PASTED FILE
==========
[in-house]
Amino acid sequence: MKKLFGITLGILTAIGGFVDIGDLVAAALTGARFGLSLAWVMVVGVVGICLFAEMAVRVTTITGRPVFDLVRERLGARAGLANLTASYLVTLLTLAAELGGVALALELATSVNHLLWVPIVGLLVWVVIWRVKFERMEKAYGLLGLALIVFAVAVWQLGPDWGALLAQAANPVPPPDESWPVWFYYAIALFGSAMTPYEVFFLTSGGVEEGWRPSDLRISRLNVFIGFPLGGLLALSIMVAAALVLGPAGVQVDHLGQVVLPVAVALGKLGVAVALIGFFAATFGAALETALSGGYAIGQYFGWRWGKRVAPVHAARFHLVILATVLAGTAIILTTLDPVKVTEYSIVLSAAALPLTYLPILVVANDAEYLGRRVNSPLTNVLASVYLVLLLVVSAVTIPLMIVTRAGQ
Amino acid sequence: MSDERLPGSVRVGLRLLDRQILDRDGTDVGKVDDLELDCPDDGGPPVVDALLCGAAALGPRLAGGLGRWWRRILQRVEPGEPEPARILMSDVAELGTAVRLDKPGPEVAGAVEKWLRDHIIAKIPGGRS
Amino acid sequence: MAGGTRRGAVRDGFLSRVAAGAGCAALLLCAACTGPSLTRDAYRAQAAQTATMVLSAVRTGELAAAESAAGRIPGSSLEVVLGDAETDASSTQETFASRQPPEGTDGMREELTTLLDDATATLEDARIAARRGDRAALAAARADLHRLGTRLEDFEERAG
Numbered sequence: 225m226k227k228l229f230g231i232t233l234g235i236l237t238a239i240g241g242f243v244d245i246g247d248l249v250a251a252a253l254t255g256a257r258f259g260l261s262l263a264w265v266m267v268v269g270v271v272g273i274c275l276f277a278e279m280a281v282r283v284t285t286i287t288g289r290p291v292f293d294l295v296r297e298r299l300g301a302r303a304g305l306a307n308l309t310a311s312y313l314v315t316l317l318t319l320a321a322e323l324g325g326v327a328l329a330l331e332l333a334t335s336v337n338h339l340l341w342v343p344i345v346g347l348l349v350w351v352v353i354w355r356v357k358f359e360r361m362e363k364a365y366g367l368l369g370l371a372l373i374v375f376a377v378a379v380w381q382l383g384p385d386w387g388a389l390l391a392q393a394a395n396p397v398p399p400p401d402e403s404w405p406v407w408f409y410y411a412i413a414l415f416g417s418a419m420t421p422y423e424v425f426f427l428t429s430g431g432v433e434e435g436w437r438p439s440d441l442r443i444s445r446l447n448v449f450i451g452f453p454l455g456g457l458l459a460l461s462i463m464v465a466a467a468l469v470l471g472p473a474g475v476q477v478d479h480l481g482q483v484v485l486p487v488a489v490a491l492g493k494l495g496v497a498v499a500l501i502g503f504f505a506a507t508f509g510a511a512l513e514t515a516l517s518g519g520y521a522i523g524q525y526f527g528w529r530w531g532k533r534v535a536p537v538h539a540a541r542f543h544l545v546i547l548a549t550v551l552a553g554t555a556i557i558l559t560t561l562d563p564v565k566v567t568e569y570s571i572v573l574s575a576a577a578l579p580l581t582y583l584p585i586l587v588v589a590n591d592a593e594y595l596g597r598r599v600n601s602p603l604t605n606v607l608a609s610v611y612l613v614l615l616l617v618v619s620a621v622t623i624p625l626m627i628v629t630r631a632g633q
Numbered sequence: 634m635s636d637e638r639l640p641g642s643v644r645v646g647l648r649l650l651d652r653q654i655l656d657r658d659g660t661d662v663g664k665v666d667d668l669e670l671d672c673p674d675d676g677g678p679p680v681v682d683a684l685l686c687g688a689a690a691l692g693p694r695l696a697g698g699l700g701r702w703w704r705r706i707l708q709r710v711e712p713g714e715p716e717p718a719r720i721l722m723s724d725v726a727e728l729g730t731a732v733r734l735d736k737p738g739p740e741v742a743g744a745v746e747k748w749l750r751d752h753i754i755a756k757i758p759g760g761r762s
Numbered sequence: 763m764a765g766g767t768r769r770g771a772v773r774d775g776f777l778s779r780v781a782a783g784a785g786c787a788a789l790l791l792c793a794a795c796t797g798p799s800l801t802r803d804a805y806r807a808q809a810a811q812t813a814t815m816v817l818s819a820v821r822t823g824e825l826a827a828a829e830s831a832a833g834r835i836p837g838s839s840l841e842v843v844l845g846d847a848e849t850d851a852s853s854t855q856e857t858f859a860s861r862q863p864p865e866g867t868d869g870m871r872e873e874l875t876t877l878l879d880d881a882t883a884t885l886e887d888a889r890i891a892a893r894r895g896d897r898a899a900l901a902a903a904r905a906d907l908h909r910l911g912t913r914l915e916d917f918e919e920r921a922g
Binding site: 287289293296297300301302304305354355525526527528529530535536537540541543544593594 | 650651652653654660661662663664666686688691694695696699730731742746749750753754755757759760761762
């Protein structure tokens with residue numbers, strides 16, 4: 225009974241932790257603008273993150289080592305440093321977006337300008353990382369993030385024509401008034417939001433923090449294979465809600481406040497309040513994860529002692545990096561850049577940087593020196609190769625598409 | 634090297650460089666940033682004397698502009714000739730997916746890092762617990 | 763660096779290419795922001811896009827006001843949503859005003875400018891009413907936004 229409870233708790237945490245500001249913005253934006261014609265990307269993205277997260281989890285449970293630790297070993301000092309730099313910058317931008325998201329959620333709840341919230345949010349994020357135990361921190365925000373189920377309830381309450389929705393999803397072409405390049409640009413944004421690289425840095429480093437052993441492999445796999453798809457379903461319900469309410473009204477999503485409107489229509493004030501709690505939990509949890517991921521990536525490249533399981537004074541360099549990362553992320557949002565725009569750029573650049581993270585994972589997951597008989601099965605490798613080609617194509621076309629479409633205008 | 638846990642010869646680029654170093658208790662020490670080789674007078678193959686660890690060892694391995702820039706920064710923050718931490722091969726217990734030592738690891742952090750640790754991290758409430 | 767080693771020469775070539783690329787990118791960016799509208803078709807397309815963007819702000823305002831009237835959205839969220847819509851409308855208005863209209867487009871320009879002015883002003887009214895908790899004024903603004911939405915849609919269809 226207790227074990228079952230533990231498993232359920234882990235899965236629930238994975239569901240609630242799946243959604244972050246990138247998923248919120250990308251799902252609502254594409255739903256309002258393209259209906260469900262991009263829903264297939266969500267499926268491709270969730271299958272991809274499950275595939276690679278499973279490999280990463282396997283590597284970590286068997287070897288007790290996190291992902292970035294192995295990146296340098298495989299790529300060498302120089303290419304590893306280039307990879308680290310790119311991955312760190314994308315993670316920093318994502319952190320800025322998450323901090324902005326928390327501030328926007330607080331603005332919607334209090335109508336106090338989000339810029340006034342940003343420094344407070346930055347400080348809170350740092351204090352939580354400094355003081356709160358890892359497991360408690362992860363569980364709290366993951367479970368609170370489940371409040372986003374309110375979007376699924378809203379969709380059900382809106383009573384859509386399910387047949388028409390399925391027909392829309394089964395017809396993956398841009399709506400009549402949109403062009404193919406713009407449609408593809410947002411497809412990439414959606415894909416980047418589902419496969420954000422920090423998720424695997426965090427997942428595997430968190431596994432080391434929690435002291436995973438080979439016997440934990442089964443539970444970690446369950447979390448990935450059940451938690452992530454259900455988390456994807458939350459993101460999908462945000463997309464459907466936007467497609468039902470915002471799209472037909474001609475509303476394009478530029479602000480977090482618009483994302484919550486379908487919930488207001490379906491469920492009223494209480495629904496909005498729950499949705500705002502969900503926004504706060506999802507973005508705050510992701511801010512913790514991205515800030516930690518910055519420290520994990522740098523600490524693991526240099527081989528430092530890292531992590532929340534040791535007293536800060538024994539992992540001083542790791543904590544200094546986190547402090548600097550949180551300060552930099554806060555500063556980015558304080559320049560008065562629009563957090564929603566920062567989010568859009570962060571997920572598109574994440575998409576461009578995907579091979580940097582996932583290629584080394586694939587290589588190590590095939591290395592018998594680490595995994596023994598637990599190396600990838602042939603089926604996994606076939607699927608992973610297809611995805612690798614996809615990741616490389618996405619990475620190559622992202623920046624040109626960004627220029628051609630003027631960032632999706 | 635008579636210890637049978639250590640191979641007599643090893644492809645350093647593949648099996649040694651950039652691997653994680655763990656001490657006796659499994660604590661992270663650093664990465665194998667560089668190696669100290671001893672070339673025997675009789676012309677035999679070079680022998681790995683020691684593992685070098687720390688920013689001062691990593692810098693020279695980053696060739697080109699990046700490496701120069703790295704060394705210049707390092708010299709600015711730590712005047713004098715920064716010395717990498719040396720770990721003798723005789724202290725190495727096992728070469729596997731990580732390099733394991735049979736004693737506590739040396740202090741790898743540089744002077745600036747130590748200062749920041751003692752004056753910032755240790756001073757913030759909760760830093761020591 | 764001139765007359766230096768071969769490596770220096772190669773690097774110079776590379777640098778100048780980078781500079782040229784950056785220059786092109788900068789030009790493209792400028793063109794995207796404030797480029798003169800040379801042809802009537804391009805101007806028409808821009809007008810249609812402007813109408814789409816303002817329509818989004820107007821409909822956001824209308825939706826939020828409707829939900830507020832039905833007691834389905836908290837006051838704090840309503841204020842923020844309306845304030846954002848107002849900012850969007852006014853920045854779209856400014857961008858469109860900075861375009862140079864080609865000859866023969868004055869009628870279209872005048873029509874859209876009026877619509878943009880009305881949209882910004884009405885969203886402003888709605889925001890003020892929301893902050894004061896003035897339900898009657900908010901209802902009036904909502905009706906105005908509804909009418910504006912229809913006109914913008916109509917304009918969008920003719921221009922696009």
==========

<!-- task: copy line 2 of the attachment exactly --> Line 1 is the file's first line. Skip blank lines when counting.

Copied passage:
Amino acid sequence: MKKLFGITLGILTAIGGFVDIGDLVAAALTGARFGLSLAWVMVVGVVGICLFAEMAVRVTTITGRPVFDLVRERLGARAGLANLTASYLVTLLTLAAELGGVALALELATSVNHLLWVPIVGLLVWVVIWRVKFERMEKAYGLLGLALIVFAVAVWQLGPDWGALLAQAANPVPPPDESWPVWFYYAIALFGSAMTPYEVFFLTSGGVEEGWRPSDLRISRLNVFIGFPLGGLLALSIMVAAALVLGPAGVQVDHLGQVVLPVAVALGKLGVAVALIGFFAATFGAALETALSGGYAIGQYFGWRWGKRVAPVHAARFHLVILATVLAGTAIILTTLDPVKVTEYSIVLSAAALPLTYLPILVVANDAEYLGRRVNSPLTNVLASVYLVLLLVVSAVTIPLMIVTRAGQ